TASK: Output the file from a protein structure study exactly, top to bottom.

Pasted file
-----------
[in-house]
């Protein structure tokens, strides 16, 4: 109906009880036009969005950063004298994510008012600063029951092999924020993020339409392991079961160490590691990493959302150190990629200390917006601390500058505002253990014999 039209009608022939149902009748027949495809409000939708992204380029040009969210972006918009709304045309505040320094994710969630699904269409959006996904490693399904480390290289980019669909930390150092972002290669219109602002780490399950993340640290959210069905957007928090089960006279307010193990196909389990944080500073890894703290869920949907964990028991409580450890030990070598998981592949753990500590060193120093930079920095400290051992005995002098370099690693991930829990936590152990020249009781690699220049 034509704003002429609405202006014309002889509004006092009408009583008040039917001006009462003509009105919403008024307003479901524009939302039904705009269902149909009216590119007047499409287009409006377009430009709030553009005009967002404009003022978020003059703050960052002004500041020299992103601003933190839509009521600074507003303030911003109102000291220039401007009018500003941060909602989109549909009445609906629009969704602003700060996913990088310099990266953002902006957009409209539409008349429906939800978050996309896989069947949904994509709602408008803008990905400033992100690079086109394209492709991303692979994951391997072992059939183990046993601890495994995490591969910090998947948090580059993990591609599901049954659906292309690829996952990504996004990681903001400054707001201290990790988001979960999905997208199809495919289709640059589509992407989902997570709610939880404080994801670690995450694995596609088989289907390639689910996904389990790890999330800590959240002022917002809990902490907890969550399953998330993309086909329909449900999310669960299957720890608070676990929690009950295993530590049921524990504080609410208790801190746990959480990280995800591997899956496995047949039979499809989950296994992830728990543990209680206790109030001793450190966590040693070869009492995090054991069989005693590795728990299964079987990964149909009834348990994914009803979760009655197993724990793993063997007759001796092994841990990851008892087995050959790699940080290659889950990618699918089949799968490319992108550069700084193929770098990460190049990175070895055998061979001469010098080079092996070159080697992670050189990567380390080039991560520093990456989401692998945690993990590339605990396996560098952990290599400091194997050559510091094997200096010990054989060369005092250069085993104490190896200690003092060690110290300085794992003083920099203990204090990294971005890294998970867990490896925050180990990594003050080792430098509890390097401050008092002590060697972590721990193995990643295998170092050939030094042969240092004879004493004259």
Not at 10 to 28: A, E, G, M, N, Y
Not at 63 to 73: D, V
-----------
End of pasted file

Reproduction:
[in-house]
């Protein structure tokens, strides 16, 4: 109906009880036009969005950063004298994510008012600063029951092999924020993020339409392991079961160490590691990493959302150190990629200390917006601390500058505002253990014999 039209009608022939149902009748027949495809409000939708992204380029040009969210972006918009709304045309505040320094994710969630699904269409959006996904490693399904480390290289980019669909930390150092972002290669219109602002780490399950993340640290959210069905957007928090089960006279307010193990196909389990944080500073890894703290869920949907964990028991409580450890030990070598998981592949753990500590060193120093930079920095400290051992005995002098370099690693991930829990936590152990020249009781690699220049 034509704003002429609405202006014309002889509004006092009408009583008040039917001006009462003509009105919403008024307003479901524009939302039904705009269902149909009216590119007047499409287009409006377009430009709030553009005009967002404009003022978020003059703050960052002004500041020299992103601003933190839509009521600074507003303030911003109102000291220039401007009018500003941060909602989109549909009445609906629009969704602003700060996913990088310099990266953002902006957009409209539409008349429906939800978050996309896989069947949904994509709602408008803008990905400033992100690079086109394209492709991303692979994951391997072992059939183990046993601890495994995490591969910090998947948090580059993990591609599901049954659906292309690829996952990504996004990681903001400054707001201290990790988001979960999905997208199809495919289709640059589509992407989902997570709610939880404080994801670690995450694995596609088989289907390639689910996904389990790890999330800590959240002022917002809990902490907890969550399953998330993309086909329909449900999310669960299957720890608070676990929690009950295993530590049921524990504080609410208790801190746990959480990280995800591997899956496995047949039979499809989950296994992830728990543990209680206790109030001793450190966590040693070869009492995090054991069989005693590795728990299964079987990964149909009834348990994914009803979760009655197993724990793993063997007759001796092994841990990851008892087995050959790699940080290659889950990618699918089949799968490319992108550069700084193929770098990460190049990175070895055998061979001469010098080079092996070159080697992670050189990567380390080039991560520093990456989401692998945690993990590339605990396996560098952990290599400091194997050559510091094997200096010990054989060369005092250069085993104490190896200690003092060690110290300085794992003083920099203990204090990294971005890294998970867990490896925050180990990594003050080792430098509890390097401050008092002590060697972590721990193995990643295998170092050939030094042969240092004879004493004259």
Not at 10 to 28: A, E, G, M, N, Y
Not at 63 to 73: D, V